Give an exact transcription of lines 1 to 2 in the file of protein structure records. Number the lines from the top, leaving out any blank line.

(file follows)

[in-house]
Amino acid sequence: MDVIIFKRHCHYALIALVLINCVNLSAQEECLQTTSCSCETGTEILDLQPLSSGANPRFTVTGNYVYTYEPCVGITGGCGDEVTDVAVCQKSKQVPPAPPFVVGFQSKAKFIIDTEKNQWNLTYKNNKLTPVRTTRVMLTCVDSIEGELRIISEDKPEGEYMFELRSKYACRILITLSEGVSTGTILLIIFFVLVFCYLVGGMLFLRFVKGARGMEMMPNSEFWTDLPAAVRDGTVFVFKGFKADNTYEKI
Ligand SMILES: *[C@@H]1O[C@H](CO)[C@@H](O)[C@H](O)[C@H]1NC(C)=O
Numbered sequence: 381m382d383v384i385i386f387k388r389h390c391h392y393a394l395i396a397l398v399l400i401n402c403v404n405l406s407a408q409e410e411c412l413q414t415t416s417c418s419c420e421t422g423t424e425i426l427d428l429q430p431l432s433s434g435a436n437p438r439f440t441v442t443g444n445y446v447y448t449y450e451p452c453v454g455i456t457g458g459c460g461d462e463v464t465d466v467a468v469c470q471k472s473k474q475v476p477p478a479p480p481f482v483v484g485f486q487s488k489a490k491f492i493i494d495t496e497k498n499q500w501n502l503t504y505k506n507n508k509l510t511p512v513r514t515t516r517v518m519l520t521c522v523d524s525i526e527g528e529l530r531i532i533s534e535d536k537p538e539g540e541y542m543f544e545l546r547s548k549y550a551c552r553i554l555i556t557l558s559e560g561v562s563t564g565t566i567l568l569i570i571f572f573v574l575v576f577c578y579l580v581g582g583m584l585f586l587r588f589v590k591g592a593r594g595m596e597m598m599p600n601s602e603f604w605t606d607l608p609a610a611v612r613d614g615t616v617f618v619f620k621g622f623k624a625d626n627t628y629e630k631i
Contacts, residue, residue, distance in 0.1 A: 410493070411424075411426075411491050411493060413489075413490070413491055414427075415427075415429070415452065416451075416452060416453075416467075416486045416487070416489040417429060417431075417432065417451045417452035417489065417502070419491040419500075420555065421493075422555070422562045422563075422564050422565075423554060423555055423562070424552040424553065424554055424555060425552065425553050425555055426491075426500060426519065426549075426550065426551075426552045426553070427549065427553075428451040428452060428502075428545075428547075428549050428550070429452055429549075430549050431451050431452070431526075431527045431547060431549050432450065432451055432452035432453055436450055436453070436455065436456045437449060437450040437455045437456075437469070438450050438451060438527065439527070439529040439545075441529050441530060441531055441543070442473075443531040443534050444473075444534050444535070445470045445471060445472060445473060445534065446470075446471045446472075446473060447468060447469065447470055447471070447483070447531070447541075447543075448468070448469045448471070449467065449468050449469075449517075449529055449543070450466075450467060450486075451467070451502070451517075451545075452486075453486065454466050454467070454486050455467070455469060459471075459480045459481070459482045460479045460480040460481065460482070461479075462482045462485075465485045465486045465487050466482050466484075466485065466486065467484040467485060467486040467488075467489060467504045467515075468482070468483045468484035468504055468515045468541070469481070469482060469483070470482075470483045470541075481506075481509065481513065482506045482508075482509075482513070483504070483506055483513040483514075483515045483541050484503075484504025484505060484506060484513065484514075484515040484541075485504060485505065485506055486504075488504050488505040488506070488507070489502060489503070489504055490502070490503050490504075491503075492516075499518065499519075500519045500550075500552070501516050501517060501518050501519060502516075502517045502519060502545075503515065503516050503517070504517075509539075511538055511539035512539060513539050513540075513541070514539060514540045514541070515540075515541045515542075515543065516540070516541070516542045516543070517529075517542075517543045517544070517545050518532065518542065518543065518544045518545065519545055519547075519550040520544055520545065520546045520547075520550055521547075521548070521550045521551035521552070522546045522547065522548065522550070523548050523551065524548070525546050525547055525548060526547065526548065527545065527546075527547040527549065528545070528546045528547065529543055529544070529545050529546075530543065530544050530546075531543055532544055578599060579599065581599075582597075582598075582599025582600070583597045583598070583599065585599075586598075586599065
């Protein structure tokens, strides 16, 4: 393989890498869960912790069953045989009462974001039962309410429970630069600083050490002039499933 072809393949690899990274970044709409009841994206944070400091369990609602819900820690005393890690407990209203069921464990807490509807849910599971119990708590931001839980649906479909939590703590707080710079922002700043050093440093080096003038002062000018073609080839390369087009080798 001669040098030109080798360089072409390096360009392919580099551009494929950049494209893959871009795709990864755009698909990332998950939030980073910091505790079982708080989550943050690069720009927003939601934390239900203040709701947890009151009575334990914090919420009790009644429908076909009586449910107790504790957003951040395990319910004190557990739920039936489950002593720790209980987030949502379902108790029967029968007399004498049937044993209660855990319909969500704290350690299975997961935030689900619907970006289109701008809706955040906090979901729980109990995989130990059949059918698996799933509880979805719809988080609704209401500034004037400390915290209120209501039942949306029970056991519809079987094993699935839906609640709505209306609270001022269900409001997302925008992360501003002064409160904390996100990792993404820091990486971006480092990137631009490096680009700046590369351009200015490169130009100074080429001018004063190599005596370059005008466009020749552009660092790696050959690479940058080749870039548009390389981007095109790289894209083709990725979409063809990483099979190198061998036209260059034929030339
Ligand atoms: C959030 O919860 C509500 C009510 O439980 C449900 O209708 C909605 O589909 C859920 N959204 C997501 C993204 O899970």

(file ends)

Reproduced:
[in-house]
Amino acid sequence: MDVIIFKRHCHYALIALVLINCVNLSAQEECLQTTSCSCETGTEILDLQPLSSGANPRFTVTGNYVYTYEPCVGITGGCGDEVTDVAVCQKSKQVPPAPPFVVGFQSKAKFIIDTEKNQWNLTYKNNKLTPVRTTRVMLTCVDSIEGELRIISEDKPEGEYMFELRSKYACRILITLSEGVSTGTILLIIFFVLVFCYLVGGMLFLRFVKGARGMEMMPNSEFWTDLPAAVRDGTVFVFKGFKADNTYEKI